MANILA - France said it was concerned of the Philippine government's "determination" to reinstall death penalty, a punishment they called as "unjust, inhumane, and ineffective."
"France is also concerned about the determination of the Philippine authorities to reintroduce the death penalty, following its abolition in 2006," it said in a statement by its Ministry for Europe and Foreign Affairs.
This comes as the European country lauded Mongolia for abolishing the punishment and Gambia for committing to abolish it before the United Nations. It also backed the termination of death penalty in Benin, Nauru, and Guinea.
France also expressed concern on the continued use of death penalty in countries such as China, Iran, Saudi Arabia, Pakistan, Iraq and the United States; and the resumption of executions in Nigeria, Bahrain, Kuwait, and Jordan.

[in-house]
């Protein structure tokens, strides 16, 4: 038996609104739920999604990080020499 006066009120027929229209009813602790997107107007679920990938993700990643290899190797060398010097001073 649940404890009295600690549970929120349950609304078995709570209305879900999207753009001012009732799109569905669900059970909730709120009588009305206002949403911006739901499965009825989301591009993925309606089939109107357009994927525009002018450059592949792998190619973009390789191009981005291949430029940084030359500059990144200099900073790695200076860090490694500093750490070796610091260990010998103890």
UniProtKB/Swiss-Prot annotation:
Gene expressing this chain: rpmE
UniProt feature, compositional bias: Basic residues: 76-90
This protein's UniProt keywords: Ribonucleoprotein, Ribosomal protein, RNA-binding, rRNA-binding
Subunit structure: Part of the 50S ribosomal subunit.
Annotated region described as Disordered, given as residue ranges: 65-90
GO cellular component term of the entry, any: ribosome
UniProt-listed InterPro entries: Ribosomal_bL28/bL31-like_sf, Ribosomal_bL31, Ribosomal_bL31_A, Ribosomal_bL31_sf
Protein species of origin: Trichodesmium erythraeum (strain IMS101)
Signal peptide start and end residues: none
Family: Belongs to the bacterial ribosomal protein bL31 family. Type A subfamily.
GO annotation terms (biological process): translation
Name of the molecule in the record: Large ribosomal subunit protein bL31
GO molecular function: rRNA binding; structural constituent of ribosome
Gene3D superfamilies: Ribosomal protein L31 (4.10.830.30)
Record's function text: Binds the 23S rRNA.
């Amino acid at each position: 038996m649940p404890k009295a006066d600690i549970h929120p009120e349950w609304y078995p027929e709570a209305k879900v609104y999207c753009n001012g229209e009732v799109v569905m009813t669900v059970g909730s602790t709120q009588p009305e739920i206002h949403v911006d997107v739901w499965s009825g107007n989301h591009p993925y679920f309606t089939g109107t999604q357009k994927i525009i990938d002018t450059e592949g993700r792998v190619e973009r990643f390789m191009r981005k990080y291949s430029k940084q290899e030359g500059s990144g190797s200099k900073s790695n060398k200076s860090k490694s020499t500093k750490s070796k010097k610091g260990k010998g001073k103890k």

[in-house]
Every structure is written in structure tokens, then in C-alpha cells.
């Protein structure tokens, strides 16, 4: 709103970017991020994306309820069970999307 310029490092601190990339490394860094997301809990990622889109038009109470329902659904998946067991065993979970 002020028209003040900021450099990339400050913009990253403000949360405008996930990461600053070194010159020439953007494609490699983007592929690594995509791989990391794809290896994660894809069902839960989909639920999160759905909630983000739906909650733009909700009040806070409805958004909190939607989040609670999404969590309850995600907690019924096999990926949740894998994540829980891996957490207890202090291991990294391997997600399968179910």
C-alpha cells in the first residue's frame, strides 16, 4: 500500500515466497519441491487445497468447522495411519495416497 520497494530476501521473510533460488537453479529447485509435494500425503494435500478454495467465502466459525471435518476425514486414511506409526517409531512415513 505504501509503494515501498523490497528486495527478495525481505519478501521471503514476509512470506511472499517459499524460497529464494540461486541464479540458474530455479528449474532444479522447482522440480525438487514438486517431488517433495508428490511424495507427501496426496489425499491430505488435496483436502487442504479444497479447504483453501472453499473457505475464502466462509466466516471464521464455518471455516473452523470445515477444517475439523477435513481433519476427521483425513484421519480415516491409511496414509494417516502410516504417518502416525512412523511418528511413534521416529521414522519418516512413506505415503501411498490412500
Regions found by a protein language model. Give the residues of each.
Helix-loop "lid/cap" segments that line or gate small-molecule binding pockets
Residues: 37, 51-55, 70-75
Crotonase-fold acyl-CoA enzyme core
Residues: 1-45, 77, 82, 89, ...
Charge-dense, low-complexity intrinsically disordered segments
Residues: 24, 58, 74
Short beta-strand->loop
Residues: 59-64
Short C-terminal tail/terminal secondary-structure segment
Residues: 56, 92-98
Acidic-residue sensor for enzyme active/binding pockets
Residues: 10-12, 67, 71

As nations marked the World Day Against the Death Penalty, France said it was "opposed to the death penalty everywhere and under all circumstances" and that it is committed to its universal abolition.
Philippines was the first Asian country to stop using death penalty as a punishment in 1987, but President Fidel Ramos reinstated it in 1993 in response to allegedly increasing crime rates. It was abolished again under President Gloria Macapagal-Arroyo in 2006.
President Rodrigo Duterte said he will restore the death penalty, even announcing that he prefers punishment by hanging rather than by lethal injection.
He said the re-imposition of the death penalty was not meant to deter crime but for retribution.
A measure making death penalty an option for judges to impose it on those convicted for drug-related offenses was passed in March at the House of Representatives, where Duterte allies compose a supermajority.
Seven bills are pending at the Senate seeking to restore the death penalty for various crimes.